The exceptionally gentle winter that was so kind to energy consumers and road budgets evidently had a well-cultivated dangerous side, sowing the seeds of a rough harvest for some of the region’s peach orchardists and berry farmers.

After fast-forwarding the growing season and exposing precocious buds and blooms, one of the mildest wintry stretches on record was followed by an extraordinary sequence of frosts and freezes in mid-April and May.

“Bam! It came out of nowhere," said Pete Furey, executive director of the New Jersey Farm Bureau.

“We’ve heard reports of whole farms losing their peaches in Gloucester County,” said Furey. The 100-year-old Wm. Schober Sons Orchards & Farm Market in Monroeville was among the victims.

“We lost about 90% of our peaches," said owner John Hurff Sr., whose great-grandfather founded the company.

John Hurff Jr. checks a peach that should be the size of a golf ball by now, at his William Schober Sons Orchards and Farm Market in Monroeville, Gloucester County.
TOM GRALISH / Staff Photographer
John Hurff Jr. checks a peach that should be the size of a golf ball by now, at his William Schober Sons Orchards and Farm Market in Monroeville, Gloucester County.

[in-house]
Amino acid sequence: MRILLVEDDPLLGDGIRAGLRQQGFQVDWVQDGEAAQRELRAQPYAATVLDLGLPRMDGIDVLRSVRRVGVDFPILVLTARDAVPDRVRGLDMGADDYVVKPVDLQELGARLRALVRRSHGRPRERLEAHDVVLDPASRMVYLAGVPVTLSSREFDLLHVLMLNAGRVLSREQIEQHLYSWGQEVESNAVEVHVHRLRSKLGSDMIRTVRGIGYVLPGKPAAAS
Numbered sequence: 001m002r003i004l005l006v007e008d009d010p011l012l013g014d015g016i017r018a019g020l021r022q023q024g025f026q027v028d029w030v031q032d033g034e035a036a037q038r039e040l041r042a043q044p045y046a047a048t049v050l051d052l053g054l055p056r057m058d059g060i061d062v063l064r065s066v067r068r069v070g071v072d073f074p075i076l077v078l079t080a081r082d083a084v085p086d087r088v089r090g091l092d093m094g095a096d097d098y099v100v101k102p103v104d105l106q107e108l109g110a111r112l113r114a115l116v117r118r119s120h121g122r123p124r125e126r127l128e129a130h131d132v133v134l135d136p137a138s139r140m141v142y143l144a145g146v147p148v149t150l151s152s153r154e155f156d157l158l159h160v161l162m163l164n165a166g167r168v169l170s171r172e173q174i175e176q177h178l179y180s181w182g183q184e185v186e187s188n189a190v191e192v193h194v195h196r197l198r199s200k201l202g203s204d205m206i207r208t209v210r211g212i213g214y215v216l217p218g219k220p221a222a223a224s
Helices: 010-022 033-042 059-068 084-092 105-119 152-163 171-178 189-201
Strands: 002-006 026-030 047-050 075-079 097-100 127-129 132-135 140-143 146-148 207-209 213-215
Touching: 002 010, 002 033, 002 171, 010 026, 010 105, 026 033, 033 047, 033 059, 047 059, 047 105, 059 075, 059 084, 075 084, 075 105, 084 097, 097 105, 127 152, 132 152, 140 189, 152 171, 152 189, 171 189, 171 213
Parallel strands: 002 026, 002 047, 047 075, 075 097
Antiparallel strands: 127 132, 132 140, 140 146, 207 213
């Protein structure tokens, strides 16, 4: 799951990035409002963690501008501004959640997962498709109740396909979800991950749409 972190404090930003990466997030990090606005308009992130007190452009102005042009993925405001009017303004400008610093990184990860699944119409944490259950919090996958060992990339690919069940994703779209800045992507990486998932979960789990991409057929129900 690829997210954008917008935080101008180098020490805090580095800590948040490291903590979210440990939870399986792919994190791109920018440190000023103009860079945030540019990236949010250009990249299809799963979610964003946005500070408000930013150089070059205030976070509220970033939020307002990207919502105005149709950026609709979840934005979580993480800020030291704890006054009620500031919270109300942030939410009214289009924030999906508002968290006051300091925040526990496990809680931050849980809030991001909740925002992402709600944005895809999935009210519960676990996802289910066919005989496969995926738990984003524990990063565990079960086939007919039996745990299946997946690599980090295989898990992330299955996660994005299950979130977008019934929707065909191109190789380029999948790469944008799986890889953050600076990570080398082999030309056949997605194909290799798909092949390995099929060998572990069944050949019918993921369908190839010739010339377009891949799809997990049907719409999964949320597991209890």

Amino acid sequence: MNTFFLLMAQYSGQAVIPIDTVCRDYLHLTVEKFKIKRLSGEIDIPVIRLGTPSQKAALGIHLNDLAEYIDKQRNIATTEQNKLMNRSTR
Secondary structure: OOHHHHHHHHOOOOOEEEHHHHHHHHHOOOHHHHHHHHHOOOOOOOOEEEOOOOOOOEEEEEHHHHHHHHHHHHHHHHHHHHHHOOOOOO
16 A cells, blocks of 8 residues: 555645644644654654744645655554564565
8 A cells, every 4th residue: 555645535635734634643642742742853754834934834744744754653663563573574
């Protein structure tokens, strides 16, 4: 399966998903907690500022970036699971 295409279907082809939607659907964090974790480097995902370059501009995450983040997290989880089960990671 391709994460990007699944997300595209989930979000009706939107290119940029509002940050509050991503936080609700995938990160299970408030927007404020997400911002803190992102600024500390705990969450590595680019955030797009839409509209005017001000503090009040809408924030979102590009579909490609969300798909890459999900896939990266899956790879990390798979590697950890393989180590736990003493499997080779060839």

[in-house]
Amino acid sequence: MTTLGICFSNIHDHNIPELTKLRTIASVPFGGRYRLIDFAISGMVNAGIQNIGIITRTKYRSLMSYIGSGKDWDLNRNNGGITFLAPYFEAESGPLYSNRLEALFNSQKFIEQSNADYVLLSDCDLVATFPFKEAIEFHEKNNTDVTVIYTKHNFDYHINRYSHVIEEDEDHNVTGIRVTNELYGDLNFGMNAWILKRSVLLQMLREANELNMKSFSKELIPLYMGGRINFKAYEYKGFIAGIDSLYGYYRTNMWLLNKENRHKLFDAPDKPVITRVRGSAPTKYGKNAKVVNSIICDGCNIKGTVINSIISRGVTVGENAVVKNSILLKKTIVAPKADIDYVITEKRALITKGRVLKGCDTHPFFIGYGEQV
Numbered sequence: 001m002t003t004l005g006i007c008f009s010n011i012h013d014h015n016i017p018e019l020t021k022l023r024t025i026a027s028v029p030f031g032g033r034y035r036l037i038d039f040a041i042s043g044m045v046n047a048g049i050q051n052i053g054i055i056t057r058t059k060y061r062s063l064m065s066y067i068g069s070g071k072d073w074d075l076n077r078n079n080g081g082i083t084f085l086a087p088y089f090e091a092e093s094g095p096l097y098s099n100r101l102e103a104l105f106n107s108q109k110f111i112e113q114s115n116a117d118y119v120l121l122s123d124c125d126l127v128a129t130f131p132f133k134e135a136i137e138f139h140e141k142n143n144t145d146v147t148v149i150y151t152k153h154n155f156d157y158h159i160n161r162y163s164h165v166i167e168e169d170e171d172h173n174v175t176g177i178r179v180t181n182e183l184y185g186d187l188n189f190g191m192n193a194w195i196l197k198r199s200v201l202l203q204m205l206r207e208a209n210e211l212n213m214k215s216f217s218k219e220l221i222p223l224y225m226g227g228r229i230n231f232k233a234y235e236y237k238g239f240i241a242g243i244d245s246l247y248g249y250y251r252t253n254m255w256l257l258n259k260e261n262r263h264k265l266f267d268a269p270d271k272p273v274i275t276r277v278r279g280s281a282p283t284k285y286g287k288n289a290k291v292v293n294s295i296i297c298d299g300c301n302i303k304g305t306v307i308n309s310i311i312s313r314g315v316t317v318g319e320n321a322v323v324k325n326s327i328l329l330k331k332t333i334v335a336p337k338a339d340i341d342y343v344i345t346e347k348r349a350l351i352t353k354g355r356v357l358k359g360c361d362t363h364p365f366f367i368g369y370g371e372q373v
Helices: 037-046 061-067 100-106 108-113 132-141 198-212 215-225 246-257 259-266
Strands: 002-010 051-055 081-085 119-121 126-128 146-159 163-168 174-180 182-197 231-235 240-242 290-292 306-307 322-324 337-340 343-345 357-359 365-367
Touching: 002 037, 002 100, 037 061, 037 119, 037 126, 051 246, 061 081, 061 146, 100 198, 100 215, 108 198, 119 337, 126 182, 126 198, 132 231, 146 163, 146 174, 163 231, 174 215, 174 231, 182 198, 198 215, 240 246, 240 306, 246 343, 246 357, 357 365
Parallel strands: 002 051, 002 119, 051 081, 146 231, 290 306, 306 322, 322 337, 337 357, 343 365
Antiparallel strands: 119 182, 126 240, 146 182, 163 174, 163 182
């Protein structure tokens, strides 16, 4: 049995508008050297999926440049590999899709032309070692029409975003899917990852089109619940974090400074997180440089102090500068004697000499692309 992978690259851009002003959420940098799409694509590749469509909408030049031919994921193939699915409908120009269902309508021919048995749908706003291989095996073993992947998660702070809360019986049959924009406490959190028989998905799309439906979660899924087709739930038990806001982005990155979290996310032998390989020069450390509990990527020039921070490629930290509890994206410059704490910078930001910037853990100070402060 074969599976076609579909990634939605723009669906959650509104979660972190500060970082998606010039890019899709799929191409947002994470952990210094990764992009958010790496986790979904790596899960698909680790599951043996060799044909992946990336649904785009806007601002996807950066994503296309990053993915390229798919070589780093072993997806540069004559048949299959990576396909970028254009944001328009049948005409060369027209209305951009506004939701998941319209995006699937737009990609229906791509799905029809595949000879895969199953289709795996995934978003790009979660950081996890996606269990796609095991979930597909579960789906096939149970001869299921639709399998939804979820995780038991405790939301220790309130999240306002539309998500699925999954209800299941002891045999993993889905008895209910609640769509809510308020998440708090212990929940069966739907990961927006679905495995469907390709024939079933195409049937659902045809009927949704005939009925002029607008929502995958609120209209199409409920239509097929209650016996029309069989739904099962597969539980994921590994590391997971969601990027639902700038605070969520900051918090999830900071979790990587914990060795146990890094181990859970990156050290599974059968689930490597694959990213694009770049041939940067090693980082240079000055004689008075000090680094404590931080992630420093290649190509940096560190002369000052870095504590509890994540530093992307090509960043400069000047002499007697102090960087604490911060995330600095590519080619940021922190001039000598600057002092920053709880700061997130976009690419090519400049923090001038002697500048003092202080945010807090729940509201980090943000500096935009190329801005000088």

The Garden State’s peaches are grown over 3,900 acres with an annual “production value” of $26 million, according to state and federal government figures. Perhaps 80% or more of the state’s peach crop appears to have survived the spring chill, officials said, but the losses could translate to as much as a $5 million bite out of New Jersey’s peach industry, one of the nation’s largest.

“We have some significant losses,” said Jerome L. Frecon, a consultant with the state’s Peach Promotion Council.

Strawberry and other berry crops also have been affected by the freeze ambush, Furey said, adding that the damage estimates are still being calculated.

“Mild temperatures for most of the winter meant that berry crops were ready to bloom earlier than usual,” said Kathleen Demchak, a plant scientist at Penn State who specializes in berry production. “That meant that strawberry plants were in bloom, or on the verge of bloom, right when spring freezes hit.”